I just finished a conversation with a client who wanted to send me money. Sadly, they expect me to perform a written act of marketing before sending a check, and they wanted a project estimate.

Long ago, I made a rule to never give off-the-cuff estimates on complex projects.

Perhaps I do it badly (perhaps everyone does), but I grew tired of burning myself — typically the result of forgetting a time-intensive aspect of a project.

projectworksheet

So I did what I always do; fired up my project checklist/estimate spreadsheet, and started moving through the list.

Money, after all, matters, which leads me to wonder; could the spreadsheet be the successful freelance writer’s most important piece of software?

Words Matter, But So Do Numbers.

Writers have long fought wars (with a religious zeal) over word processors, and for good reason.

When you sit down at the keyboard and open up that vein, the interface between you and your now-manifesting neurosis should be a smooth one.

Still, in all the glitz, angst and fervor heaped by writers on word processors, I think writers don’t give the humble, non-flashy spreadsheet its due.

I use OpenOffice — the Open Source (free) equivalent to Microsoft’s Office suite. While I never use the included spreadsheet software at anywhere near its full potential, I use it often:

  • Invoices
  • Estimates
  • Job tracking
  • Job planning/project schedules
  • Checklists
  • Analysis

On complex jobs, I often put together a spreadsheet-based timeline accompanied by a checklist.

Estimating projects on a spreadsheet allows you to run a bazillion different pricing scenarios.

Where spreadsheets really shine is in analysis — both project/response data and when conducting “what if” scenarios.

Do higher offers really result in better response rates (not always, and without a spreadsheet, how do you know what the optimal offer is)? What can we spend on trade show promotion? What’s the lifetime value of our average customer?

In fact, learn to use pivot tables, and I guarantee that no question will ever go unanswered again*.

spreaddetail

Years ago, my most-reliable, client-butt-saving direct mail tool was the breakeven spreadsheet, where — rather than try to predict a response rate — I figured out what response was needed for a program to break even.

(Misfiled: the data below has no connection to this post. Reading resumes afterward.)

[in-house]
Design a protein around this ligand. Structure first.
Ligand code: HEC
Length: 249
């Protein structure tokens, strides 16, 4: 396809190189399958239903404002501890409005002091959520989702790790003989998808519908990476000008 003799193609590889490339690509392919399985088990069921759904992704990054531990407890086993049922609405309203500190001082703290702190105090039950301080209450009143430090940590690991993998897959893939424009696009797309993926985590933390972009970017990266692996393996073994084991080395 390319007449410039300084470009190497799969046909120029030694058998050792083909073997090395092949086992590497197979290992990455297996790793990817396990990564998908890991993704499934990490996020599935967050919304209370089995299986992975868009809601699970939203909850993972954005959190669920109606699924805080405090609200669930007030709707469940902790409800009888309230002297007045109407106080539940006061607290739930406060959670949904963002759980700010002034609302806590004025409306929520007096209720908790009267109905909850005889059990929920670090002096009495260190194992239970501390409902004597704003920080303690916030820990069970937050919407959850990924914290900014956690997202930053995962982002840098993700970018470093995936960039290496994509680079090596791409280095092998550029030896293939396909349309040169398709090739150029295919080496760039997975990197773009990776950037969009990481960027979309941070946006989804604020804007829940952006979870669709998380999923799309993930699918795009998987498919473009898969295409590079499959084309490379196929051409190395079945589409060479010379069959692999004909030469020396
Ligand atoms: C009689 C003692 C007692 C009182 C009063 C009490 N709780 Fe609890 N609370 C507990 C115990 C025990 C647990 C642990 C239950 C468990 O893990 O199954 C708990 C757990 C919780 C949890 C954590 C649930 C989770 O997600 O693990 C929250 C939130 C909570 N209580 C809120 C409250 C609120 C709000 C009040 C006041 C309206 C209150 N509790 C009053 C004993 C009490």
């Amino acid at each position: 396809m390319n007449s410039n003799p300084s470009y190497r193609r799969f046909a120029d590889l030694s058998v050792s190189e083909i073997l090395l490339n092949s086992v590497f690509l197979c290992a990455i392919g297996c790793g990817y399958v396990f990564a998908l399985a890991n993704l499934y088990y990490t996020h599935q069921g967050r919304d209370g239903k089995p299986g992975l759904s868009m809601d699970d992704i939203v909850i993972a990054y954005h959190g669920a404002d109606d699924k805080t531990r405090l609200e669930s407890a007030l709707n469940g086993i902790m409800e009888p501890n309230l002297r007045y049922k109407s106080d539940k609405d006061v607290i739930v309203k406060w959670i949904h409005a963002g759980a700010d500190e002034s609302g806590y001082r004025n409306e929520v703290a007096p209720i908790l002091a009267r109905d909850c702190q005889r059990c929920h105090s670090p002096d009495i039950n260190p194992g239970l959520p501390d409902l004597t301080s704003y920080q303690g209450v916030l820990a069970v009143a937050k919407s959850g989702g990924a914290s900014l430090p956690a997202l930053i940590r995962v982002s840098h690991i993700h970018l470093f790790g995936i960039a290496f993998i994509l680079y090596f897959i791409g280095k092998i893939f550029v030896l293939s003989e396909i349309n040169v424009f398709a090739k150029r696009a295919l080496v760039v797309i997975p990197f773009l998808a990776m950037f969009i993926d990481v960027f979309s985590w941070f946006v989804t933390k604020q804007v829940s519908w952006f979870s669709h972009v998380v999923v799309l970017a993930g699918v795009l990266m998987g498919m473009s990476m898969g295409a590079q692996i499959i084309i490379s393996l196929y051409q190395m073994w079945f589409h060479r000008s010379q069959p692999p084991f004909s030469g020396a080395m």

If that rate was too high, the program was in trouble before it started — and the client received a warning before it was too late. They weren’t always happy, but they weren’t poorer either.

A spreadsheet also taught me the value of incremental improvements when dealing with large mailing lists, and once saved me from making a very, very bad royalty deal (I was assuming most of the risk and getting little of the reward).

When I was writing and submitting articles to trade magazines for a client, I used (you guessed it) a spreadsheet to track submissions. It even reminded me when it was time to follow up.

How could I not like something that’s meant so much to my business?

Easy to Use. And Easy to Get.

Microsoft Excel sits atop the heap of spreadsheets, though if you don’t own MS Office, don’t despair; OpenOffice offers a spreadsheet that’s largely compatible with Excel, and you can download it (for Linux, Mac & Windows) free.

There are other choices available, but if you must look beyond powerful & expensive (Excel) and power & free (OpenOffice), feel free to do so.

For example, Google Docs and Zoho both offer an online spreadsheet, though I’m not overkeen on the sometimes sluggish response.

zohosheet

Whatever tool you chose, you might struggle with a piece of software that’s a bit more linear than most writers are used to.

Given the flood of data washing over most marketers, a spreadsheet is a powerful tool against (what I call) data blindness; the inability to see the forest for all the burning trees.

Give a spreadsheet a little time – and download a few of the bazillion templates available on the Internet – and you’ll have a lifelong friend (and revenue-enhancing business partner).

Keep writing, Tom Chandler

(*Not a guarantee)

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